How to Prevent a Cash Crisis

How to Prevent a Cash Crisis

Alma Bailey 0 Comments

As freight volumes continue to defy the norm, it is important for trucking company owners to be prepared for anything. In an unpredictable market, cash flow is particularly subject to wild fluctuations. Every transportation business has them; times when incoming cash can't keep up with the demands of outgoing cash. That can be especially true during industry downturns or if your trucking business services seasonal customers where demand peaks and then dies off. Having a back-up plan for these challenging periods can prevent a cash flow low from turning into a cash flow crisis. Freight factoring provides a vital element of financial stability by creating positive cash flow through fast, reliable funding to active trucking companies.

Have a Backup Financial Plan

There is a misconception that just because you don't see an obstacle coming at your business, you can't plan for it. For example, while you might not always be able to predict the full impact of a sudden dip in market demand, you can have a back-pocket plan to provide cash flow in emergency situations. Any good business plan includes contingency planning. It's a "what if" thought process where you list the things that could go wrong in your trucking business and then create a plan for what you'll do when that happens. Part of that planning must include how you'll deal with cash flow demands and shortages.

If you haven't already performed your contingency planning for your business, it's time to meet with your accountant, business coach or mentor to talk it through, and create your plan.

When planning for the "what if" scenarios, be sure to have a clear plan on where you'll go for working capital. That can include solutions like:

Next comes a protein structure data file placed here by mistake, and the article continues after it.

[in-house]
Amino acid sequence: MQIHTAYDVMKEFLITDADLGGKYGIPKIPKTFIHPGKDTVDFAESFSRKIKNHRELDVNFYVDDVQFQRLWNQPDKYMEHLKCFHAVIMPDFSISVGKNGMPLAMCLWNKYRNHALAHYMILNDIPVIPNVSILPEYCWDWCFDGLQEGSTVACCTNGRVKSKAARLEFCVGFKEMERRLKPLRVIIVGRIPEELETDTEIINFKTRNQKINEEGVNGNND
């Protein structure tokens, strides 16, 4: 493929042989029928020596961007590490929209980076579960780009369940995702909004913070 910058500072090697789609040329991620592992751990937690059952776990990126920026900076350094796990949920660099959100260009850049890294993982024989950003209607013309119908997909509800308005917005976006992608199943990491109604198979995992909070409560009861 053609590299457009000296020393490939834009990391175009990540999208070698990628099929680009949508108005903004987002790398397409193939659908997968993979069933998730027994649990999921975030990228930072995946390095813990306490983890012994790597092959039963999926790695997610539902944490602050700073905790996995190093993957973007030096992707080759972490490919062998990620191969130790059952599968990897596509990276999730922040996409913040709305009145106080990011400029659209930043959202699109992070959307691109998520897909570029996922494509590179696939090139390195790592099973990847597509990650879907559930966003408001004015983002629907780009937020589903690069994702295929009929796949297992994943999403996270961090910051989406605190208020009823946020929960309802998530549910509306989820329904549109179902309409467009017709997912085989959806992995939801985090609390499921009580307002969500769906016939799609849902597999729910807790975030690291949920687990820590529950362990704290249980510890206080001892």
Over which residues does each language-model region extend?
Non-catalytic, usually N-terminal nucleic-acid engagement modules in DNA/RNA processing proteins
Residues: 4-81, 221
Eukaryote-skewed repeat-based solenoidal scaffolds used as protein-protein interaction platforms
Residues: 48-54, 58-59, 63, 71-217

How to Command Profitable Rates

With all this economic uncertainty, how do owners maintain a sustainable trucking company? The key is to provide good, reliable service, maintain access to working capital and be prepared for future opportunities.

Shippers have become wary of low-cost transportation service providers that intermittently lead to service failures. Delayed deliveries and damaged freight are costly failures that erode the shipper’s bottom line. By delivering consistently reliable service in specifically chosen lanes, successful carriers build customer loyalty and command profitable rates for their service. 

Factoring Line of Credit

To assure the continued delivery of quality service, you need reliable access to working capital. Without the needed cash on hand, your trucks will grind to a halt, eliminating your source of revenue. Further, it is vital to secure financing for future growth. As small and unprofitable trucking companies exit the market removing available capacity, they leave a gap that needs to be filled when volumes return. Now is the time to execute a financial strategy to fund operational expansion when future opportunities arise. A Factoring Line of Credit is a flexible and cost effective cash flow solution for medium, large and growing fleets.

A Factoring Line of Credit is a cross product combining the features of a commercial line of credit with the benefits of freight factoring. It provides the ability to access funds from your account and only pay fees on the amount drawn. Although this funding solution acts much the same as a commercial line, it is not a loan; it is a freight factoring product. Available funds are generated through the selling of accounts receivable invoices to build a cash reserve from which you are able to draw from. Qualification is easy for any trucking company with credit worthy customers. The greatest advantage of opting to use Factoring Line of Credit, is that it frees you from the restrictive covenants banks use to control your finances. You are only limited by the volume of invoices you generate. The more accounts receivable invoices you convert the more you feed your cash reserve increasing access to working capital. As business grows, so too does your ability to fund further expansion.

Being prepared is always the best defense against external forces such as a downturn in the industry. Develop a 12-month cash flow budget to get a clear picture of when you can expect cash flow to peak or come up short. Planning business expenditures and a backup plan based on these predictions puts you in the driver's seat.

Find out more about invoice factoring and how it can provide cash flow to see your trucking business through a transition.

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